As a college educator, I can certainly tell you with certainty that procrastination doesn’t pay. I see it every day—sometimes getting started on the task is actually more difficult for some than executing the task itself.
The truth is, people think procrastination is about managing time. However, it’s much more complex than that. People underestimate how much time a certain task will take.
Another fallacy is that people think procrastination is just about putting off a task. It’s not. It’s also about being late to meetings, events, interviews, or parties; not paying your bills on time; or even something that can be good for you, like taking your paycheck to the bank. These are all forms of procrastination.
The very real truth is that procrastination is a lifestyle choice.
I’ve had students tell me that they wrote a paper the night before it’s due, and they are proud of its outcome. While the paper may be okay (or not), the reality is this: think how much better it could have been if more time had been spent on it. The same is true for tasks we must do at work—sometimes we need to plan for more time to attack that particular project or report. One such tip might be to use a planner and work backwards to account for the time needed to do something well. Seeing the plan on paper may help jump start what needs to get done and keep the project on track.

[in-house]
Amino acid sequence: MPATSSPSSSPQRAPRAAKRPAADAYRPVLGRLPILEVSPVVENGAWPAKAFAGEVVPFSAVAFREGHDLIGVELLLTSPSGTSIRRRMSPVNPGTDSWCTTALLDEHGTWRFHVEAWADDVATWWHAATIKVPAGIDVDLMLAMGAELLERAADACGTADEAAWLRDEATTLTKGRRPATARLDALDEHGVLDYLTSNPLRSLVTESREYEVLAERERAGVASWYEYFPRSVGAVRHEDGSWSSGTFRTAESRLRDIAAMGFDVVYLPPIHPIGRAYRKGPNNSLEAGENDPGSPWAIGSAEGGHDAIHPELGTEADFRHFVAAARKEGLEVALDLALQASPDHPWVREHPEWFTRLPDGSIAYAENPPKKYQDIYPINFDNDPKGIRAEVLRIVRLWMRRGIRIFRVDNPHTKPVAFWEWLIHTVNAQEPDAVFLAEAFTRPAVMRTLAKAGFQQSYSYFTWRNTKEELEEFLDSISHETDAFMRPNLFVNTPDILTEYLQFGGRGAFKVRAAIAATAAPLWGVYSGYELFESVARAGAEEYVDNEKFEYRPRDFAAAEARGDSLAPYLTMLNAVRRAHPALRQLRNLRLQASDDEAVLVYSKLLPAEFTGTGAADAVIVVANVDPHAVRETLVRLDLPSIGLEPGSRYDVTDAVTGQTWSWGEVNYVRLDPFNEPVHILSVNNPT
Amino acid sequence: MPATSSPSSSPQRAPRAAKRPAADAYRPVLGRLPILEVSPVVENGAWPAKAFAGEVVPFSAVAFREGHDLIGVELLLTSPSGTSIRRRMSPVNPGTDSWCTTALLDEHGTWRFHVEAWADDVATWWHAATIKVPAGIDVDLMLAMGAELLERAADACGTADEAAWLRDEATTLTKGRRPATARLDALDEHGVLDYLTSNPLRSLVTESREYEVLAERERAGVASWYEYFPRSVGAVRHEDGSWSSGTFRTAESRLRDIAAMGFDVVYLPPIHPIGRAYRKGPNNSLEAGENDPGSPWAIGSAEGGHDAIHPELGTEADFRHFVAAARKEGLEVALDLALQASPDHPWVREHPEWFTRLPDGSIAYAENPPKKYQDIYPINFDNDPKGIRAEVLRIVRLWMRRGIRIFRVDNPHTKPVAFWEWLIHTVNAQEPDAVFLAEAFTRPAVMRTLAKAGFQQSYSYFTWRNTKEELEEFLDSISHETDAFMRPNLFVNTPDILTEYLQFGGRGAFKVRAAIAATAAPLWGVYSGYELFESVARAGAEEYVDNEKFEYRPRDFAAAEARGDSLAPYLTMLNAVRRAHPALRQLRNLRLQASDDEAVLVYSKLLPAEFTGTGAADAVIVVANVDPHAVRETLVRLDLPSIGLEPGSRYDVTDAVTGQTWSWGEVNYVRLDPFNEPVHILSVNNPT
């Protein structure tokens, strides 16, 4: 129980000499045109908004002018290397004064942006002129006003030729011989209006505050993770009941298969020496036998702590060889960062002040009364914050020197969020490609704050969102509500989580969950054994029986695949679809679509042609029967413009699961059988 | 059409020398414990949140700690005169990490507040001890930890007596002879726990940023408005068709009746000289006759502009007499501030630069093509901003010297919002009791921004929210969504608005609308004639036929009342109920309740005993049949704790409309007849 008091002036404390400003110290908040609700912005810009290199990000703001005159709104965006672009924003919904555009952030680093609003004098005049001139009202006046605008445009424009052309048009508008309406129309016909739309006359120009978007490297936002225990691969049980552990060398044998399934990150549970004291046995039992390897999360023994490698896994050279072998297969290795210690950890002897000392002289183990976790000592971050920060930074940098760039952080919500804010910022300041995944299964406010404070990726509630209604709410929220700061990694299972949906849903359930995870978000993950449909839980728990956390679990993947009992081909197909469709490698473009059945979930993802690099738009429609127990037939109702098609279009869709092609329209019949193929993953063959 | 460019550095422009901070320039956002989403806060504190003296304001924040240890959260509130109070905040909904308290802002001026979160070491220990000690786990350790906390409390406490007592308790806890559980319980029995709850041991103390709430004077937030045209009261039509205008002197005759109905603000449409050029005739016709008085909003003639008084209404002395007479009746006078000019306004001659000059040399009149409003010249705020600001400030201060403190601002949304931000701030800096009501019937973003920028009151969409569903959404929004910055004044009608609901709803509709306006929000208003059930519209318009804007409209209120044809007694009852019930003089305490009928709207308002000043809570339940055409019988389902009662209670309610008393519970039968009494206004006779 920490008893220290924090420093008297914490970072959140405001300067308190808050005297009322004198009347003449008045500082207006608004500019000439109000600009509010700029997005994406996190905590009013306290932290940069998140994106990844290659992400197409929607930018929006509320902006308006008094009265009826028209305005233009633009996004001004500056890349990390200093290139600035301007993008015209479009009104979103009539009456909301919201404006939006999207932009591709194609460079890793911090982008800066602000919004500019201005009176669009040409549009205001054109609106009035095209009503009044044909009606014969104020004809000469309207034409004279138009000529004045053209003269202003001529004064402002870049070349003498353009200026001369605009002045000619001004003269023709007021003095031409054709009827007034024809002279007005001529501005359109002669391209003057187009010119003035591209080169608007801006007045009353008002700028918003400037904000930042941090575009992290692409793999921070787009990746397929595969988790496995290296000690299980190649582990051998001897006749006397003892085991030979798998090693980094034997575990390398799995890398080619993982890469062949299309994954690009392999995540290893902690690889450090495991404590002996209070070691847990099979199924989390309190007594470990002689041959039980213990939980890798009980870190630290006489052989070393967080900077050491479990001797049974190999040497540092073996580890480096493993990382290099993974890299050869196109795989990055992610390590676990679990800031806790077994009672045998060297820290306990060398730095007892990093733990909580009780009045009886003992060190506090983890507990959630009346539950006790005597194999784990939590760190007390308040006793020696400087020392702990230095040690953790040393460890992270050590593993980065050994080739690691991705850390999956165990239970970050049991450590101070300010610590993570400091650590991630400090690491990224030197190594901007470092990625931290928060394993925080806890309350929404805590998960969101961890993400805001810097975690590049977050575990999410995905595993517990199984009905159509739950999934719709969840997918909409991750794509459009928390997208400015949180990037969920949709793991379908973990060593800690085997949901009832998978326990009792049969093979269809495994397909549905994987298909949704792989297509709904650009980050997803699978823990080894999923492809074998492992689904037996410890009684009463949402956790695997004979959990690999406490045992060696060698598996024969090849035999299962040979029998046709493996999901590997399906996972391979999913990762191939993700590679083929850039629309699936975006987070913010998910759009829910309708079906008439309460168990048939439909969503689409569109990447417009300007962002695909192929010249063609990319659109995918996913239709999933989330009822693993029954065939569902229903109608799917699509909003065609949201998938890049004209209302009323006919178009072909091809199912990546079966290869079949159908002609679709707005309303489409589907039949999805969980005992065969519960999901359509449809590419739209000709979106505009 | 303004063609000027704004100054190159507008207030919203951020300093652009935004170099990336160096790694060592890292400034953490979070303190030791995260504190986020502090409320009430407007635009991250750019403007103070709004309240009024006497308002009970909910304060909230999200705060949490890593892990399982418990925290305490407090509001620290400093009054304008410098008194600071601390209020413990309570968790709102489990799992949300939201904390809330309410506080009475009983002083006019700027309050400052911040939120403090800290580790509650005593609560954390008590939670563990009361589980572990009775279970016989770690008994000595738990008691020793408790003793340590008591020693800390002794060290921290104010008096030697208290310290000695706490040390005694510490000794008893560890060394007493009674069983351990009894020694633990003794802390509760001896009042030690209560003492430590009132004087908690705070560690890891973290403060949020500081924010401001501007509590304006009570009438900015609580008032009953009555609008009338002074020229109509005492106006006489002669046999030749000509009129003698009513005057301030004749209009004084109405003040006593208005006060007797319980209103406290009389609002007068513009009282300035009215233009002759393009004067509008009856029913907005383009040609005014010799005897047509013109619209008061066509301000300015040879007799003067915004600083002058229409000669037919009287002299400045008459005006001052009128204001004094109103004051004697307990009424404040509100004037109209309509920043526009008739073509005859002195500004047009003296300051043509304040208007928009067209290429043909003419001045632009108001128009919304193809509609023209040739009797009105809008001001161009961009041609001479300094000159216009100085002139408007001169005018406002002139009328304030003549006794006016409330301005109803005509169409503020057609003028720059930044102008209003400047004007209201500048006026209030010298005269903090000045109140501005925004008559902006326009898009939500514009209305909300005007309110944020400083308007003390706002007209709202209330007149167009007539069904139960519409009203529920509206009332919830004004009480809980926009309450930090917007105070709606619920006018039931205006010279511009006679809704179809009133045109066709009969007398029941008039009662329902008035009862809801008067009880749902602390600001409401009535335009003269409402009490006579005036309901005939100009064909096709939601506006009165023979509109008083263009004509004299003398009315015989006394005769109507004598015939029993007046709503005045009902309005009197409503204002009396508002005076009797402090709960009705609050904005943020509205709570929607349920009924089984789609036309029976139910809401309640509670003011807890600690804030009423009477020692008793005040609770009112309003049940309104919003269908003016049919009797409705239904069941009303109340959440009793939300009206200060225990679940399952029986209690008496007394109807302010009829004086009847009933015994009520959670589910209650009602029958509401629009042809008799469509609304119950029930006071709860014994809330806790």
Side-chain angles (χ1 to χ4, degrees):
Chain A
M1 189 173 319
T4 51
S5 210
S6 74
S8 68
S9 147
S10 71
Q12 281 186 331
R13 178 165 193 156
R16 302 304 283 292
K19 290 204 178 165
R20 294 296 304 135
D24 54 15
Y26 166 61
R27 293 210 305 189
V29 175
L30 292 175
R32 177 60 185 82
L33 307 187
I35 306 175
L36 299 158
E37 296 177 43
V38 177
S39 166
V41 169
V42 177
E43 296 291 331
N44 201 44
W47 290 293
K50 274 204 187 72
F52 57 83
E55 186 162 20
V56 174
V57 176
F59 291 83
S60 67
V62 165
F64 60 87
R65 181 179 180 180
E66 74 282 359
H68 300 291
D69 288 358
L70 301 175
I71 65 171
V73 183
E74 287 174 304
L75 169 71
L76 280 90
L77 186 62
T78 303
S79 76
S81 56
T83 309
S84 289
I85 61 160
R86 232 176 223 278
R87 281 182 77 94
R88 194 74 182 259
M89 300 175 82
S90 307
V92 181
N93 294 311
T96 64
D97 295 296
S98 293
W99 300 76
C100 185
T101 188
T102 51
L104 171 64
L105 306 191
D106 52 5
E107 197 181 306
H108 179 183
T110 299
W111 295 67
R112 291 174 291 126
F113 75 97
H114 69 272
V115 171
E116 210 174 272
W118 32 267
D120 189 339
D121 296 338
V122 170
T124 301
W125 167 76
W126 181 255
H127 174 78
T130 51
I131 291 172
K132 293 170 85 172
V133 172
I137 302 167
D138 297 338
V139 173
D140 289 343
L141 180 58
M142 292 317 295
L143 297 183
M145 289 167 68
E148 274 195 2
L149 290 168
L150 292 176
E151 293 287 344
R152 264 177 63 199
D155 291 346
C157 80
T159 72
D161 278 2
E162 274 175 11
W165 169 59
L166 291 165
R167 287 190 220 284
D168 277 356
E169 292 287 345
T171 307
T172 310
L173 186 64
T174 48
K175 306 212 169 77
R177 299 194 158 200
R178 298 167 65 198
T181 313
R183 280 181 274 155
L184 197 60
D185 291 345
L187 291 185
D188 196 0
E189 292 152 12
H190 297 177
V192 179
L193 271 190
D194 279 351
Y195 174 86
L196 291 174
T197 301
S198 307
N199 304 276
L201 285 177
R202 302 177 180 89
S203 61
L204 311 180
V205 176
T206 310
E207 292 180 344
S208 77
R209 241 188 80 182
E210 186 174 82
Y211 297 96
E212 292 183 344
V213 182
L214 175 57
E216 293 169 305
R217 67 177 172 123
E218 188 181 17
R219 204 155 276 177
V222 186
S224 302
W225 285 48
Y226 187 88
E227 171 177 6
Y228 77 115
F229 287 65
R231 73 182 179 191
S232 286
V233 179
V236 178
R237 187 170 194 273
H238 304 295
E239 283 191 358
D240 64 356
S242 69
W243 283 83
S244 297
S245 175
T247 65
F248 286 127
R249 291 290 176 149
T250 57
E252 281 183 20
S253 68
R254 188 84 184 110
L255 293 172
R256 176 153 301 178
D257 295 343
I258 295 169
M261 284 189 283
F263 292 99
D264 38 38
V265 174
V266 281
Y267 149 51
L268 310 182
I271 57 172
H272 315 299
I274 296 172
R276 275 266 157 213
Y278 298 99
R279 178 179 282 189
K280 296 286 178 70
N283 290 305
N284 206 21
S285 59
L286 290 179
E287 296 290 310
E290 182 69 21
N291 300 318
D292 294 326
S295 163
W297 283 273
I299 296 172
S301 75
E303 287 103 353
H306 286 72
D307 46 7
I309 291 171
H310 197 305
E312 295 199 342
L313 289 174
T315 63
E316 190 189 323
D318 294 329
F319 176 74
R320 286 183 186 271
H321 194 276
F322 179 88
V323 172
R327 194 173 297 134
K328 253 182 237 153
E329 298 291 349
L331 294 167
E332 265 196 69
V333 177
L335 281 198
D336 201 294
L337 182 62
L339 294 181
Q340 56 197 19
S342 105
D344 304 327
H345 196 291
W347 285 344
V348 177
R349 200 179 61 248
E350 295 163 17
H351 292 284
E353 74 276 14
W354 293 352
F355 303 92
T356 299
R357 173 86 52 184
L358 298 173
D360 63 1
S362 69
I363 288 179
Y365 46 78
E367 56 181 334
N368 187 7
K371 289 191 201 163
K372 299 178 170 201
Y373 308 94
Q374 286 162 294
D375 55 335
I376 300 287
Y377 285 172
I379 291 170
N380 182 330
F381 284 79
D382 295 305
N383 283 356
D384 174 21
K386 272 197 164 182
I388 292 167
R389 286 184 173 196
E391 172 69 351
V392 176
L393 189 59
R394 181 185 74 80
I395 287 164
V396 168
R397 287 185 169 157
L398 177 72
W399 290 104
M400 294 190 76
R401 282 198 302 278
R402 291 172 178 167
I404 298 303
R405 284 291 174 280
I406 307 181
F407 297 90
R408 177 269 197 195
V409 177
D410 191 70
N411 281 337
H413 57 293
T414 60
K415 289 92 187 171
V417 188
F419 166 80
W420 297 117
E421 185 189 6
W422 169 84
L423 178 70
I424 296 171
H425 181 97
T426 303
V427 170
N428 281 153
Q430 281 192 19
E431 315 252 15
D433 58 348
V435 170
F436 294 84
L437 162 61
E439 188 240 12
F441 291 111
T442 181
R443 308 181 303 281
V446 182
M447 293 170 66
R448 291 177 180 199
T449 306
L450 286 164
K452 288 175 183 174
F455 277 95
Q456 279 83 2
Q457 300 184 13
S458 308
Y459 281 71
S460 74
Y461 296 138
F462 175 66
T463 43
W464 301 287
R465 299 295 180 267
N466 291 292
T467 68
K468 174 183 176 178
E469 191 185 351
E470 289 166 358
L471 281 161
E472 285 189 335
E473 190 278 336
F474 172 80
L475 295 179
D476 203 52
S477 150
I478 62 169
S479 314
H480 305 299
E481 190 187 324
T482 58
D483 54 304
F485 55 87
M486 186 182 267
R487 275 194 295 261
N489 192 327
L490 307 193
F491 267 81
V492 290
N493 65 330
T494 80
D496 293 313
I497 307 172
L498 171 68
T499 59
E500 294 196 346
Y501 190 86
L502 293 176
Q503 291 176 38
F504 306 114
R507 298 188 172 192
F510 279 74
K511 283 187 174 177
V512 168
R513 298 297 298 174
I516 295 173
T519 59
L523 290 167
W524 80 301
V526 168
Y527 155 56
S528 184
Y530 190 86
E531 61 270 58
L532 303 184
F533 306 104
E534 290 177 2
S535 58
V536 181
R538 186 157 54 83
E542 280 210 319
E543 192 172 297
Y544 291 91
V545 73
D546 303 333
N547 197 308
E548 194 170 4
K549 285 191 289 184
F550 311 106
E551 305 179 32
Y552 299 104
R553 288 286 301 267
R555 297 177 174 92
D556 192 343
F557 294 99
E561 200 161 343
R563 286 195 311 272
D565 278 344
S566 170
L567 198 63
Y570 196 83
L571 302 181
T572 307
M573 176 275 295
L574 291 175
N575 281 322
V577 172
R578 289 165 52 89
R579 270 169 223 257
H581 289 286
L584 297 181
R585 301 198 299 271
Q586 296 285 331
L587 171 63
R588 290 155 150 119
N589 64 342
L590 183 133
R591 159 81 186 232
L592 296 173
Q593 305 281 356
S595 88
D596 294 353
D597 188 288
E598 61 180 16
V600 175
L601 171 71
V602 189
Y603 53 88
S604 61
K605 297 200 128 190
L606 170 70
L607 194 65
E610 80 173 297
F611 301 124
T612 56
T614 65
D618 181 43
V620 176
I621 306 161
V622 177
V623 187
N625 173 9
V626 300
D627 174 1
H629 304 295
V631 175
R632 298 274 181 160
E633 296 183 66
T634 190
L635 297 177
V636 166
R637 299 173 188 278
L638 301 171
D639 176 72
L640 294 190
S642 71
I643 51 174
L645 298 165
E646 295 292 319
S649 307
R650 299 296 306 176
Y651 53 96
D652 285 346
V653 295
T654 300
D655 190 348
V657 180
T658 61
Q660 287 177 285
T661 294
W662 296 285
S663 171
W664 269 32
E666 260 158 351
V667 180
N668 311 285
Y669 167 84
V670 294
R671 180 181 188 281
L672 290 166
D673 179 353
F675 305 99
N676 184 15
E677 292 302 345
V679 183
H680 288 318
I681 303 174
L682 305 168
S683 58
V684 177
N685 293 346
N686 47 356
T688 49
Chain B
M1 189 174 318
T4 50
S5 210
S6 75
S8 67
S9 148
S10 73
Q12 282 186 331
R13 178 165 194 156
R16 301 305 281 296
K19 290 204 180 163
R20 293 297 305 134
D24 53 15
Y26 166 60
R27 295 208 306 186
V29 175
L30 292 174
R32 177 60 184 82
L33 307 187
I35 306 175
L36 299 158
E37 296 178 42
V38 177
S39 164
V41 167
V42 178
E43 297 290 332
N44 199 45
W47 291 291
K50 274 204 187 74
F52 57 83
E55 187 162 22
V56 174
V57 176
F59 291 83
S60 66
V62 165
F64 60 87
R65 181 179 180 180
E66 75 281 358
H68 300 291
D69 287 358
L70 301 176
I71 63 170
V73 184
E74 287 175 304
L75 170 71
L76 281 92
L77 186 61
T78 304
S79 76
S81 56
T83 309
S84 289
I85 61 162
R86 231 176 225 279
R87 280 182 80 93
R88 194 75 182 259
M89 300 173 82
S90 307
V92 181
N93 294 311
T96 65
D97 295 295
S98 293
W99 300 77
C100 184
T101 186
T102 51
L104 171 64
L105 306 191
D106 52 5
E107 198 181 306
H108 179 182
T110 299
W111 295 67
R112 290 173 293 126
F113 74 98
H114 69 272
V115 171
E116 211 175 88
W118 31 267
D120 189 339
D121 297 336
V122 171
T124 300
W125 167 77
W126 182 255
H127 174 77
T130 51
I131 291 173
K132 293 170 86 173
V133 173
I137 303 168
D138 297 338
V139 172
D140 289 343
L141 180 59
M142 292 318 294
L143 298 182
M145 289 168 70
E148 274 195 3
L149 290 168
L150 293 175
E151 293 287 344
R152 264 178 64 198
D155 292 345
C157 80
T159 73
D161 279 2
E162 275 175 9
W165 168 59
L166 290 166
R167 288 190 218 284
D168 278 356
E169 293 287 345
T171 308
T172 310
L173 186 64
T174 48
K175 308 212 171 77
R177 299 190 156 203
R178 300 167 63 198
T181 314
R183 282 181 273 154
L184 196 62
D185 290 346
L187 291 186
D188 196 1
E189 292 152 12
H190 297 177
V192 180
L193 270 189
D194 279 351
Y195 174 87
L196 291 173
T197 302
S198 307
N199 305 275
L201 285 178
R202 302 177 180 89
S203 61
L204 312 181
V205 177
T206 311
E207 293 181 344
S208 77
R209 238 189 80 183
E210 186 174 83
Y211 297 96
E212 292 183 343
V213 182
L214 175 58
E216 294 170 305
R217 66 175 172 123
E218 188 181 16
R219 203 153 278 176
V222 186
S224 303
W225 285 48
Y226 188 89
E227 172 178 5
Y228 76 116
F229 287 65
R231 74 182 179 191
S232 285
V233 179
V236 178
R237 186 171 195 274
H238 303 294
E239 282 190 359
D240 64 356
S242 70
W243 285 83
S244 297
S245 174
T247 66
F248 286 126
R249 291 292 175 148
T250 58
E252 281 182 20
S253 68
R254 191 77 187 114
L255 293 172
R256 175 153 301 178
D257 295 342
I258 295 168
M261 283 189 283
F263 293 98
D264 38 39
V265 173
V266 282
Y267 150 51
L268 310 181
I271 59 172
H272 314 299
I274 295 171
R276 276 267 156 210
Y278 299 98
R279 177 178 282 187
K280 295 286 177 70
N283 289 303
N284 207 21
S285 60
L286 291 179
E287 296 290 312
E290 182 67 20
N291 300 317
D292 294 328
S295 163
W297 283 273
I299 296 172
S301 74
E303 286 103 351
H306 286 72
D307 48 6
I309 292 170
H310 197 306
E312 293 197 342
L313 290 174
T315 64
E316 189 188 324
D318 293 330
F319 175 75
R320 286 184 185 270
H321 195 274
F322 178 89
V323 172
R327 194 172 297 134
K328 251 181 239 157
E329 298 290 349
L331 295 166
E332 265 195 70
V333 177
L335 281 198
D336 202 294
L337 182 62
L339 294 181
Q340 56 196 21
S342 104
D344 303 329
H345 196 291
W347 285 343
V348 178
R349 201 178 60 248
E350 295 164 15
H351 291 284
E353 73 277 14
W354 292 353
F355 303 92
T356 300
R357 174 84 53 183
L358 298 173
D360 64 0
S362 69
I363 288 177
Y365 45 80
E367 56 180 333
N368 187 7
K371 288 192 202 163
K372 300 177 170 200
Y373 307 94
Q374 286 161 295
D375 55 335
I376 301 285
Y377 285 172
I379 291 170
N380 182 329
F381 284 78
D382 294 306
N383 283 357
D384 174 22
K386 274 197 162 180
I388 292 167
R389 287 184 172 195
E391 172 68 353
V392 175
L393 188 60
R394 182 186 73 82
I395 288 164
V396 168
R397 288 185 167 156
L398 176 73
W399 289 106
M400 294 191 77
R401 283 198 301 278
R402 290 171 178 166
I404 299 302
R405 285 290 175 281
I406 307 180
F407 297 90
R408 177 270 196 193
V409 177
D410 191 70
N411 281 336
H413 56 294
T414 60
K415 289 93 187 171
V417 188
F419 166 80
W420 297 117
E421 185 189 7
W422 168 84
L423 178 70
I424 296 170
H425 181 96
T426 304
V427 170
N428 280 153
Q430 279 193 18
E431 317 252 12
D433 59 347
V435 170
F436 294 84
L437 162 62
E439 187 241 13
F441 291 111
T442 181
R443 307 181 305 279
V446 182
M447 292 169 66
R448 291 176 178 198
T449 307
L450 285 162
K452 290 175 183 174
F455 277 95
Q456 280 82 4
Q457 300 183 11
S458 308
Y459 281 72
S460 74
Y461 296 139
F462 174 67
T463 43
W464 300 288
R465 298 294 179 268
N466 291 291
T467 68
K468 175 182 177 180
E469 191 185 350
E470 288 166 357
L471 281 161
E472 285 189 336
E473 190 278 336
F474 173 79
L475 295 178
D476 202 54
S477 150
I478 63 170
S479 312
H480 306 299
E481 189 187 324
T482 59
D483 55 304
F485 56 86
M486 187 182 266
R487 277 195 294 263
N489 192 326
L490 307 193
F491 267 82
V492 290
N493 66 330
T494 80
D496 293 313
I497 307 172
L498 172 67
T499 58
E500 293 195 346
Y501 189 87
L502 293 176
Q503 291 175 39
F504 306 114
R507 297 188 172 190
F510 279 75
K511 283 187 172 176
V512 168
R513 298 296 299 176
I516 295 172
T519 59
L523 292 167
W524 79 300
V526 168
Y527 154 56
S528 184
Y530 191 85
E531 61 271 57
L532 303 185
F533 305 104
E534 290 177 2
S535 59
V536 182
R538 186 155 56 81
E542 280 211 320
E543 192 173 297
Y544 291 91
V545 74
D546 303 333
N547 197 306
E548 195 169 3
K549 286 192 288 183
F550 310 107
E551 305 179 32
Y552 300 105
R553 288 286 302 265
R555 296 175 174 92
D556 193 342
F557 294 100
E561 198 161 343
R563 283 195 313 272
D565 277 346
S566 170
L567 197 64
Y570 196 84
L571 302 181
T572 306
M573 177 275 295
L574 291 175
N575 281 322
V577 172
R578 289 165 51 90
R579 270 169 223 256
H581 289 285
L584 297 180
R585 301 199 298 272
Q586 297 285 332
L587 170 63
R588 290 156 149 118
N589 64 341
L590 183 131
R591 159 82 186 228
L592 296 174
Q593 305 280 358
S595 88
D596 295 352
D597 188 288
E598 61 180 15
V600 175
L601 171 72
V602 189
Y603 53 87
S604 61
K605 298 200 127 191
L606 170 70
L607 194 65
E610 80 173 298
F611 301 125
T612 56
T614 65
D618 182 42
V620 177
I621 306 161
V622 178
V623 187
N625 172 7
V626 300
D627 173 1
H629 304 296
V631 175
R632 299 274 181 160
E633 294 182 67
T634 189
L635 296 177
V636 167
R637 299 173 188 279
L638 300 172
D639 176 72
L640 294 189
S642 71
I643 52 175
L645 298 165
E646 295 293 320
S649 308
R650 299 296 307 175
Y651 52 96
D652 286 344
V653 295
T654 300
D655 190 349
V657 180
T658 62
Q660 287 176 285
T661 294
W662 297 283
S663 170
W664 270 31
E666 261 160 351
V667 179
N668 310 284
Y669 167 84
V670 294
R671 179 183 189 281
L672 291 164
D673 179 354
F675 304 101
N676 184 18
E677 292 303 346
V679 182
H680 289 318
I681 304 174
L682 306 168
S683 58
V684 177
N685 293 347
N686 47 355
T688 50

In the end, preparation and not being afraid to get started on something count a lot. Deciding NOT to procrastinate has the potential to propel you toward success, and it has a greater chance of making you feel wonderful about what you’ve done or produced.